With the commemorations of Churchill’s death 50 years ago (24th January 1965), I learnt that the great man was buried in my backyard. Well, not quite in my backyard but certainly within cycling distance from where I live, in St Martin’s church in Bladon.
Curiosity got the better of me today and I went to check out the Church and its cemetery. I’m not sure what I had been expecting but images of mausoleum and funerary monuments figured heavily in the mental representation I had of Churchill’s final place of rest. After all, the Général De Gaulle has his memorial in the form of an enormous Cross of Lorraine that can be seen from miles away so what of Churchill’s?
In fact the white tombstone at the back of the Church would be easy to miss, which makes it all the more humbling. It is of course less humbling that this gravestone has been replaced or restored twice already given the number of visitors paying their respects it receives.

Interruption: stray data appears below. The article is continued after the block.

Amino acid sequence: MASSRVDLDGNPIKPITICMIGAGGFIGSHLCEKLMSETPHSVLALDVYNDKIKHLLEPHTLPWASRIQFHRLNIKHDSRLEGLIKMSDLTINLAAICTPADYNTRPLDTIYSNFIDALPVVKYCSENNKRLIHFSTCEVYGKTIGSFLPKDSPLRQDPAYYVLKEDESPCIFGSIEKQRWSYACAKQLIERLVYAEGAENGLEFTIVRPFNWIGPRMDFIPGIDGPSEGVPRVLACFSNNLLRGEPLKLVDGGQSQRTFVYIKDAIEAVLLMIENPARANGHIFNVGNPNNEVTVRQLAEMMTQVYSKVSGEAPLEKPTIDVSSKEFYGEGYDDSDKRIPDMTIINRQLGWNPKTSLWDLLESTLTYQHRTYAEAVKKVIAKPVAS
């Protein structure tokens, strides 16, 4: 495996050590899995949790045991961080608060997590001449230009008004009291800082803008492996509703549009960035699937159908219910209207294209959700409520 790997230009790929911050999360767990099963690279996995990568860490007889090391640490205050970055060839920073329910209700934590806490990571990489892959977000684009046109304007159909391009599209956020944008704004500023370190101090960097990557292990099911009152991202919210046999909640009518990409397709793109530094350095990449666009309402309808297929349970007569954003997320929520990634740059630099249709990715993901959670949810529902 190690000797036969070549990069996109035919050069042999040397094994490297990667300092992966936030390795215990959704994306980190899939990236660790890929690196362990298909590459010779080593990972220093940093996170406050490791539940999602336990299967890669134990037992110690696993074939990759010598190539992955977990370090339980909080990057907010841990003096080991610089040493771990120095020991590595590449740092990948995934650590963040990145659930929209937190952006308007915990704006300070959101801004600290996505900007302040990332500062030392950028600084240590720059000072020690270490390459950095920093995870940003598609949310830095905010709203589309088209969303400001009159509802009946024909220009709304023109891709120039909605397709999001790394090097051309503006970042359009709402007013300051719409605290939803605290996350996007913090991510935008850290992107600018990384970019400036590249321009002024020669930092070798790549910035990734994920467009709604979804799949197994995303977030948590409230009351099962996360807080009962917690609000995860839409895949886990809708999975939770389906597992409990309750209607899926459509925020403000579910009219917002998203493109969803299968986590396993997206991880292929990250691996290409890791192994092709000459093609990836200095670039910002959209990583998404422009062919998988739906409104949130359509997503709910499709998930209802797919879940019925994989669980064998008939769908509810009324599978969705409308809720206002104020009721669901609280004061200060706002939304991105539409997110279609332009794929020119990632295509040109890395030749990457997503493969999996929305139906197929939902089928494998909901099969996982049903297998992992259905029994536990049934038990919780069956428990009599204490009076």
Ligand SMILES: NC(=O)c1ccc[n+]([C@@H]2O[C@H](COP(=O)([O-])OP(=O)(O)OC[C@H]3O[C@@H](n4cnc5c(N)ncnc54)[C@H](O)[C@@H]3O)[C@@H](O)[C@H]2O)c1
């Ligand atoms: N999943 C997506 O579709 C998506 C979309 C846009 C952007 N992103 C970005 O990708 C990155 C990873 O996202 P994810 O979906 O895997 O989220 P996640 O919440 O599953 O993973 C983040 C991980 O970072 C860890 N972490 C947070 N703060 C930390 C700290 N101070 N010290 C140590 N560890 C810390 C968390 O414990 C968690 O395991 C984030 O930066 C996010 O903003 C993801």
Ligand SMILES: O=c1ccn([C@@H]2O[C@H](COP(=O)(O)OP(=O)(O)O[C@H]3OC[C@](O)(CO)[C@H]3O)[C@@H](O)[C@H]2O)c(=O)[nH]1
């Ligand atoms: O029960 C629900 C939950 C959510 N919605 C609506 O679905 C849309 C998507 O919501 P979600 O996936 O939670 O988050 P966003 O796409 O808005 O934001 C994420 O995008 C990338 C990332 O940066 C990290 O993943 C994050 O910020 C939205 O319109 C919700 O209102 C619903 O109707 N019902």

I like the fact that there is no pump and circumstance about this grave, which looks no more or no less than others around it. Unlike in life, Churchill is in death the same as everybody else, a typical Englishman resting in a nice quiet cemetery not far from the place he was born. He was larger than life and for me, choosing not to give in to the cult of personality, contrary to so many inflated egoed characters, makes him larger than death too.
Finally, three of the many inspiring and witty quotations Churchill is famous for:
“Diplomacy is the art of telling people to go to hell in such a way that they ask for directions.”
“Success consists of going from failure to failure with no loss of enthusiasm.”
And my favourite:
“We make a living by what we get. We make a life by what we give.”